June 15, 2024

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Juici Patties as Jamaica’s Culinary Ambassador in the U.S. – Hollywood Life


Image Credit: Juici Patties

The United States has always found pride in its “melting pot” philosophy, where immigrants bring their cultures with them and add to the richness of this nation’s arts and traditions. True to the metaphor, this pot also includes tasty food that Americans soon add to their favorites. Say hello to Jamaican fast food as Juici Patties arrive in Miami.

Daniel Chin, CEO of the US division, is eager to introduce what he calls “an icon,” the Jamaican patty in his family’s Juici Patties restaurant chain. This meat turnover treat is sort of the great-grandchild of the Cornish pasty, a baked sandwich from the UK. However, contrary to most British food, this is jazzed up with wonderful spices like curry and cumin brought to Jamaica by African slaves, indentured servants from India, and immigrants. Scotch bonnet peppers are involved as well.

The Jamaican patty is baked inside a flaky, golden dough. These pastries are often filled with seasoned ground beef patties but are also made with other fillings. Juici Patty serves this icon with beef, chicken, shrimp, vegetable, and plant-based patty fillings. They are one of the most popular snacks in the Caribbean – delicious patties packed with spicy fillings wrapped in a golden pastry shell.

Juici Patties
Juici Patties

Chin stands at the forefront of Juici Patties, Jamaica’s largest fast-food chain, embodying the innovative spirit and cultural dedication that has propelled the brand into the international spotlight. As the leader of the family-operated business, Daniel’s journey in the food industry is deeply rooted in his heritage, inspired by the legacy of his parents, Jukie and Edith Chin, who founded Juici Patties in 1978. 

Born and raised in the vibrant heart of Jamaica, Daniel was immersed in the world of entrepreneurship and culinary arts from a young age. His early exposure to the family business instilled in him a profound respect for the power of food as a tool for cultural expression and community building. After completing his education, focusing on business management and culinary innovation, Daniel officially joined Juici Patties, bringing with him a fresh perspective and a commitment to uphold the family’s legacy while steering the company toward new horizons.

However, cultural heritage is still a very important part of the business. Chin explains that Jamaican patties, as popular as they are, unfortunately, are not enshrined in Jamaican law, only in its culture.

“There’s actually debate going on, wondering why Jamaican patties aren’t the national dish of Jamaica because they’ve been a part of our culture for so long, and they’ve always been affordable for everyone,” he says.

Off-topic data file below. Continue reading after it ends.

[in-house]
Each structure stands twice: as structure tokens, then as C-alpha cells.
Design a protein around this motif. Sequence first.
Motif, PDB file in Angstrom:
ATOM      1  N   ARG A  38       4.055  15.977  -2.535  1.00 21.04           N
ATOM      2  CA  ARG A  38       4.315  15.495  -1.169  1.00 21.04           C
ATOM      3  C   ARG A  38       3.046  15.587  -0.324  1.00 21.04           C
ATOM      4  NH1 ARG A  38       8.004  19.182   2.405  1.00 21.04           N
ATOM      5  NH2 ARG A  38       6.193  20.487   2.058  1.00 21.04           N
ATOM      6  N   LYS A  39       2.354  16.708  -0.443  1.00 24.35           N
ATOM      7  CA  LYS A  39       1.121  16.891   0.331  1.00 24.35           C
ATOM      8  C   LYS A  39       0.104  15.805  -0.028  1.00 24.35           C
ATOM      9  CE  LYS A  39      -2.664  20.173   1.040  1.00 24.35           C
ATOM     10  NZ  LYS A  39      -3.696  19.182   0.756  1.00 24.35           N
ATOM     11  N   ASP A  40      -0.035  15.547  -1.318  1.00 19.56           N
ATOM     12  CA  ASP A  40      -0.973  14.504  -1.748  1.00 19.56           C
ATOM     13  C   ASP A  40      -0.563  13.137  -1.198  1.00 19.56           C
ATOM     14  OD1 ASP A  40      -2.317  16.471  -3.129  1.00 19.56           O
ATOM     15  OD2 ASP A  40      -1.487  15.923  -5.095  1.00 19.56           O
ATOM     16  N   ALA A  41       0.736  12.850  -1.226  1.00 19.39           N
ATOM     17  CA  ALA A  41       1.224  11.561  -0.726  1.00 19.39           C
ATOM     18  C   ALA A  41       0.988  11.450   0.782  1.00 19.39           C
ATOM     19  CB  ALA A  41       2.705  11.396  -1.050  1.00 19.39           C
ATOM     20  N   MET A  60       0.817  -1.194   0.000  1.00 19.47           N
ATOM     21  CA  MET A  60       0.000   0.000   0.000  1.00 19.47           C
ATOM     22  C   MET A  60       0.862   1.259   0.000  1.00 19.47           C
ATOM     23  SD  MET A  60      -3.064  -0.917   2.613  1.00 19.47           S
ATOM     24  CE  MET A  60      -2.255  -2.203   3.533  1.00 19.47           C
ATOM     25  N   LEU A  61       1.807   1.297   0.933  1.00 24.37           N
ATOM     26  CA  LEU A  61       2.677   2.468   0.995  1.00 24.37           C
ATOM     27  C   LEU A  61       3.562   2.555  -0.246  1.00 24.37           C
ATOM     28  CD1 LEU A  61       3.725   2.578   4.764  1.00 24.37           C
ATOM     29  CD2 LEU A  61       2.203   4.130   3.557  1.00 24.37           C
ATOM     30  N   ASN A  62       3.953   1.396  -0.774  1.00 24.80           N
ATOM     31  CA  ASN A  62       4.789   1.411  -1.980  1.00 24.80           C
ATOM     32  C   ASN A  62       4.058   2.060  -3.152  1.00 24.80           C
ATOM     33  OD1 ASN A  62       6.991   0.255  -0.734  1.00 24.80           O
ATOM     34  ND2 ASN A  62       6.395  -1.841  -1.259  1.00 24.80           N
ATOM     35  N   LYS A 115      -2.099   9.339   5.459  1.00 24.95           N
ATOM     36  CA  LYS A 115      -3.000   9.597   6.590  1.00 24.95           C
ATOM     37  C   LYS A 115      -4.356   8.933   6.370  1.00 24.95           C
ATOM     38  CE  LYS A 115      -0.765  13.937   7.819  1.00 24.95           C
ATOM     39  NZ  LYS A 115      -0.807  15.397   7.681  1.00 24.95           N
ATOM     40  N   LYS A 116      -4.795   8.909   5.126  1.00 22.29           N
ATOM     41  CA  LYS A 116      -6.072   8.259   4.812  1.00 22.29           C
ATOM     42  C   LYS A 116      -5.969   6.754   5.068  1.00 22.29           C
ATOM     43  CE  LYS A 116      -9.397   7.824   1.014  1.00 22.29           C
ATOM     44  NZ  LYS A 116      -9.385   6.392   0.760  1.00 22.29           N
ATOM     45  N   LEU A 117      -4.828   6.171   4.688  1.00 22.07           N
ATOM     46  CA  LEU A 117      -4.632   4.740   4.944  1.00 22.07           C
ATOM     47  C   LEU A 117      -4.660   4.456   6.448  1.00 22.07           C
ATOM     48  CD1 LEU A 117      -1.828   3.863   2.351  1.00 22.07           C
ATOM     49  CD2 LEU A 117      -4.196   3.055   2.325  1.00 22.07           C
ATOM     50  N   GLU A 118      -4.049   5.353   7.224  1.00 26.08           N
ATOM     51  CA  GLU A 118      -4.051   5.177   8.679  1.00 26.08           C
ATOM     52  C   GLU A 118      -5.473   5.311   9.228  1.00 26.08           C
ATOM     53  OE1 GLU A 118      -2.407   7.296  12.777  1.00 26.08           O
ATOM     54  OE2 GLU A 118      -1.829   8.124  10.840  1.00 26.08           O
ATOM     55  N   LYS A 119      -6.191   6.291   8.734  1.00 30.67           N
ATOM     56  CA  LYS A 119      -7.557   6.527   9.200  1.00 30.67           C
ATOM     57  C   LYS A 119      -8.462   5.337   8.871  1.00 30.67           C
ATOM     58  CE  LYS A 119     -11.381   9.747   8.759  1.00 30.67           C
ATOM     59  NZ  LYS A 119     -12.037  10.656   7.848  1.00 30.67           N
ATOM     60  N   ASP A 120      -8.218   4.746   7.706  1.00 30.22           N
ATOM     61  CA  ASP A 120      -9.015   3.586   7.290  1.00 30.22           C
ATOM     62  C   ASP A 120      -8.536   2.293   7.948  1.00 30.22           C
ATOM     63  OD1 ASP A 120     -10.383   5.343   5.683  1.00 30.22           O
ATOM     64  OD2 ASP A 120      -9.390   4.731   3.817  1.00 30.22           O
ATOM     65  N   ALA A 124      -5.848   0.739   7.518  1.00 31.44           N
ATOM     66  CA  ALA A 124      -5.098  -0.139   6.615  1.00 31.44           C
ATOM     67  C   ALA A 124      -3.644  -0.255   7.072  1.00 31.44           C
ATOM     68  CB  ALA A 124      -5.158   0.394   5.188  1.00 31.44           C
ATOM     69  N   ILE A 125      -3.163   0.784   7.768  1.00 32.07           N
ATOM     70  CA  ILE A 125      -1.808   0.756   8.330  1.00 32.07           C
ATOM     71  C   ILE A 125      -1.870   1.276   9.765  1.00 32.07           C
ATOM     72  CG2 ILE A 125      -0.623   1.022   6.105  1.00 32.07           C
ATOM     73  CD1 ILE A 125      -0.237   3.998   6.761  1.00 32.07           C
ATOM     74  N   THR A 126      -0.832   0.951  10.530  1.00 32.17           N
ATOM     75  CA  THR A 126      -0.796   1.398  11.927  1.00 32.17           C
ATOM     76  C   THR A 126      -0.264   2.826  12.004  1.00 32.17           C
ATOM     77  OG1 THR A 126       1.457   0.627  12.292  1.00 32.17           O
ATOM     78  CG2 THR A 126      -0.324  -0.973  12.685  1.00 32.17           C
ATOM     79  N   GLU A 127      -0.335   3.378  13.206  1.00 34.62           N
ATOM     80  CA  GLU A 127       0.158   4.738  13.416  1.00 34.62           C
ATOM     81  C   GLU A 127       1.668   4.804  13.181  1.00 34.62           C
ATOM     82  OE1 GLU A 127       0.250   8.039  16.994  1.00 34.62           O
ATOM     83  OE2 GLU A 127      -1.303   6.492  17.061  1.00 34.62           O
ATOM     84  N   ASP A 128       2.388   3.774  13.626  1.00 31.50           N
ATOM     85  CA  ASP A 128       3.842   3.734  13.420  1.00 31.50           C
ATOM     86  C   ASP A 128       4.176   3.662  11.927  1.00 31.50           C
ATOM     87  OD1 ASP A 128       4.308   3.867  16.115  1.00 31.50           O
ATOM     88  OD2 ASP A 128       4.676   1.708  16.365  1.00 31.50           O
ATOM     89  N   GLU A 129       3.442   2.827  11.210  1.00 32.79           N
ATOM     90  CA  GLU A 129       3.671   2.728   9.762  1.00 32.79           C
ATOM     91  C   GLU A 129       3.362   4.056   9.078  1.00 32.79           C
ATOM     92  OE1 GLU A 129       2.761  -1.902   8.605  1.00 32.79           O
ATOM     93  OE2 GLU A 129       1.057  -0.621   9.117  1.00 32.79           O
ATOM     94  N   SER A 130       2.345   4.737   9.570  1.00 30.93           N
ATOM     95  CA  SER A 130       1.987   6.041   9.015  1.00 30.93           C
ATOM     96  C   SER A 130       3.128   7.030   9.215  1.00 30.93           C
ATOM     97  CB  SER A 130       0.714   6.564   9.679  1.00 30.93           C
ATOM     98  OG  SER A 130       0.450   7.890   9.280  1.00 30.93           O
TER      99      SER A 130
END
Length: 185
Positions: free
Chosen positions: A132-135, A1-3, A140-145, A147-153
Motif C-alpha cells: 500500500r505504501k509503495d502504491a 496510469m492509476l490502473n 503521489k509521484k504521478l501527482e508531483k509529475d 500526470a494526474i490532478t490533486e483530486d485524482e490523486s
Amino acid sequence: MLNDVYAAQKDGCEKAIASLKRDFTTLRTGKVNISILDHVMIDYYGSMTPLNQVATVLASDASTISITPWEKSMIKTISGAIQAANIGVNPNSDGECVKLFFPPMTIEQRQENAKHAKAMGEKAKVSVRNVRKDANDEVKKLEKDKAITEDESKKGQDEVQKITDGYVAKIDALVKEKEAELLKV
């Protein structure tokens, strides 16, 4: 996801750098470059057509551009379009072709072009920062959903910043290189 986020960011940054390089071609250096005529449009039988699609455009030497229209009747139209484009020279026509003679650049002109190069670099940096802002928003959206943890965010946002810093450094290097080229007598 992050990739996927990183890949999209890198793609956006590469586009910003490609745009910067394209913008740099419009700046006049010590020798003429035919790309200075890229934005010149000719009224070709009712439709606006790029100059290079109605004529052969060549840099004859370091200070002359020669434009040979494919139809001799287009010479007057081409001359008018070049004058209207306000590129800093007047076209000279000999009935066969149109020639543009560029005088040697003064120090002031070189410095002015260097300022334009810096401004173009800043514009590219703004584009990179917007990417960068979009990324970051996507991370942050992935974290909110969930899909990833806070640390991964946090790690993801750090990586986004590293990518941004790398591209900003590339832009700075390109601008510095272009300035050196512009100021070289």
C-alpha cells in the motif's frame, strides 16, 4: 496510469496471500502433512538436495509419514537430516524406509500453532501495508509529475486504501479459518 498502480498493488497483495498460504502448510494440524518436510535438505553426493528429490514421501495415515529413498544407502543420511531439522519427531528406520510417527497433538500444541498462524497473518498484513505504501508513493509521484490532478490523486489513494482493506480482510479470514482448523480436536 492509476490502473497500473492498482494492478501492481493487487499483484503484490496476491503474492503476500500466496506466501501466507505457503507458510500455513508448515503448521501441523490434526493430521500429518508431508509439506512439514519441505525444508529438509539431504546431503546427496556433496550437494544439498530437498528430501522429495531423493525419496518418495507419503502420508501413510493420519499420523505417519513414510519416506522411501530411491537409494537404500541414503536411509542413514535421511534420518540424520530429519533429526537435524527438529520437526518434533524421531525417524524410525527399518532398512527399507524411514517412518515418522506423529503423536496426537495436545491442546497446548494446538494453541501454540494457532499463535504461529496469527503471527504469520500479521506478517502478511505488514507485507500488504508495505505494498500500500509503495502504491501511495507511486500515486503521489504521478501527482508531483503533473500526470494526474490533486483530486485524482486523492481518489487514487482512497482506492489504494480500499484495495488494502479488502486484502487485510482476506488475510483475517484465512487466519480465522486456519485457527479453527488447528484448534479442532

Jamaica’s national dish is ackee and saltfish. Ackee is a fruit from a tree native to West Africa brought to Jamaica in 1793. This fruit is boiled with onions, tomato, and sweet pepper, and then sauteed with salted cod. This is very different from what Americans eat every morning , which is either bacon, eggs, toast, or corn flakes and milk, depending on whom you ask. The founder of Kellogg’s, who invented the cold breakfast cereal, would say the latter, but most Americans eat the former.

Jamaica has a population of only 2.8 million people. Chin says Juici Patties sells roughly 48 million patties per year. The Juici Patties Group, which began with a team of three, is now a franchised network with over 2,100 employees.

In its 65 restaurants across all 14 parishes in Jamaica (one-third owned by the Chin family, with others franchised), some of the Juici Patties locations serve ackee and saltfish and ackee sandwiches on its breakfast menu. Other breakfast dishes on the chain’s homeland menu include several varieties of porridge, callaloo (a leafy green), saltfish, and liver, with several traditional side dishes.

South Florida’s Juici Patties locations initially focus on patties and coco bread. Miami residents can order the tasty Jamaican patties in various styles, with vegan options coming soon. 

“We do try things and see which are the most popular and those we will keep,” Chin explains. “So we’re striking the balance between maintaining the original menu items we’ve had over the past four decades. But also still working on innovating and bringing new items  to the menu.”

Looks like Miami foodies have a lot of catching up to do. On the other hand, patronizing Juici Patties often to ask for new dishes could be a fun time!



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